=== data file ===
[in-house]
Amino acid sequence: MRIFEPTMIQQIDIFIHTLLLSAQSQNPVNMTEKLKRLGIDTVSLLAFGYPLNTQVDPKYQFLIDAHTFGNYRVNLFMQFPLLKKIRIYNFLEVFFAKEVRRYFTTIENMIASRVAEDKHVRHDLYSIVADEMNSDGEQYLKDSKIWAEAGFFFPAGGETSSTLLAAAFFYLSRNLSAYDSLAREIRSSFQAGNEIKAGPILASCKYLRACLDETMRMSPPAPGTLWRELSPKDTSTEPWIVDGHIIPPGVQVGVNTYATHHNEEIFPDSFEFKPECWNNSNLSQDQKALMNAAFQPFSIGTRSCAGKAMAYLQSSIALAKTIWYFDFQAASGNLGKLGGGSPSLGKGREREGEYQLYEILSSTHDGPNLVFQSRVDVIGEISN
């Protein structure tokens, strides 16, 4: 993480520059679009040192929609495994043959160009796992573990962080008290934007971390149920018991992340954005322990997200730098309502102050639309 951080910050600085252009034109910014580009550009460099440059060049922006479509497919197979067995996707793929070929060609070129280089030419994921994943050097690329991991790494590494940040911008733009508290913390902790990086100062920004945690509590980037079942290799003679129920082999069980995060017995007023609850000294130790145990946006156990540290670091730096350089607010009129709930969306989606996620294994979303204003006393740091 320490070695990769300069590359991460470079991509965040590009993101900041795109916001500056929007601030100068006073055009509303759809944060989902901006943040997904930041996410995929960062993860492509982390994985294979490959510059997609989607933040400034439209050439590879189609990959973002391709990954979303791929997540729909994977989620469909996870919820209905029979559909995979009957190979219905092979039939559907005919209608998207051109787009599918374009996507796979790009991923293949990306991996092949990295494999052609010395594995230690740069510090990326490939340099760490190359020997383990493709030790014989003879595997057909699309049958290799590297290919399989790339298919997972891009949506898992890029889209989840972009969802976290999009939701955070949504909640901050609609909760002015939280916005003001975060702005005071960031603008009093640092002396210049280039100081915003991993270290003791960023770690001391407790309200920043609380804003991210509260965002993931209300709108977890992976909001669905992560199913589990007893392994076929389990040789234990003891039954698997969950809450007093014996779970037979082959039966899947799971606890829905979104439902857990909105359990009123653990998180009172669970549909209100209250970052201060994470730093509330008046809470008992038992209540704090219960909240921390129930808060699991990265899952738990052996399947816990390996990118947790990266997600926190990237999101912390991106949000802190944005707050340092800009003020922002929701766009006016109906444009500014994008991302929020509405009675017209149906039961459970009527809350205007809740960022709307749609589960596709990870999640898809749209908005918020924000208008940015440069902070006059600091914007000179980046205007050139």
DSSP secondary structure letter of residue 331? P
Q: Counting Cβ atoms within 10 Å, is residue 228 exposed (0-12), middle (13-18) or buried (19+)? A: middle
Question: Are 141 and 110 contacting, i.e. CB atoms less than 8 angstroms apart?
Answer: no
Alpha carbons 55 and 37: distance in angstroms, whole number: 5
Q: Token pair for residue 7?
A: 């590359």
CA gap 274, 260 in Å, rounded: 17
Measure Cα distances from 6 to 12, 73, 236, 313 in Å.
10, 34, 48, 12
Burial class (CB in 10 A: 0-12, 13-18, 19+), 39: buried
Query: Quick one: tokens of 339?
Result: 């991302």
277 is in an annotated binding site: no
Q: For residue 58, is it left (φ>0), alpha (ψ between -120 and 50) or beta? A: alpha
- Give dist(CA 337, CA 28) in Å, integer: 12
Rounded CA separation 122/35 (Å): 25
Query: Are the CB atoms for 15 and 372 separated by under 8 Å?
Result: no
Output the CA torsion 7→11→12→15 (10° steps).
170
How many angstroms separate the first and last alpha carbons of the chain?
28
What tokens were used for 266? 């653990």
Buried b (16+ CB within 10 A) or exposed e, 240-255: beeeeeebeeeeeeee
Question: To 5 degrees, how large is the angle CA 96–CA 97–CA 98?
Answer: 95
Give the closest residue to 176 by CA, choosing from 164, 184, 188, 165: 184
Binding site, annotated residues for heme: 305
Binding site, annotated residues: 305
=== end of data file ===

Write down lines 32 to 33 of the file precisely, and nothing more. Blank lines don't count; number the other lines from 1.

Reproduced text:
Binding site, annotated residues for heme: 305
Binding site, annotated residues: 305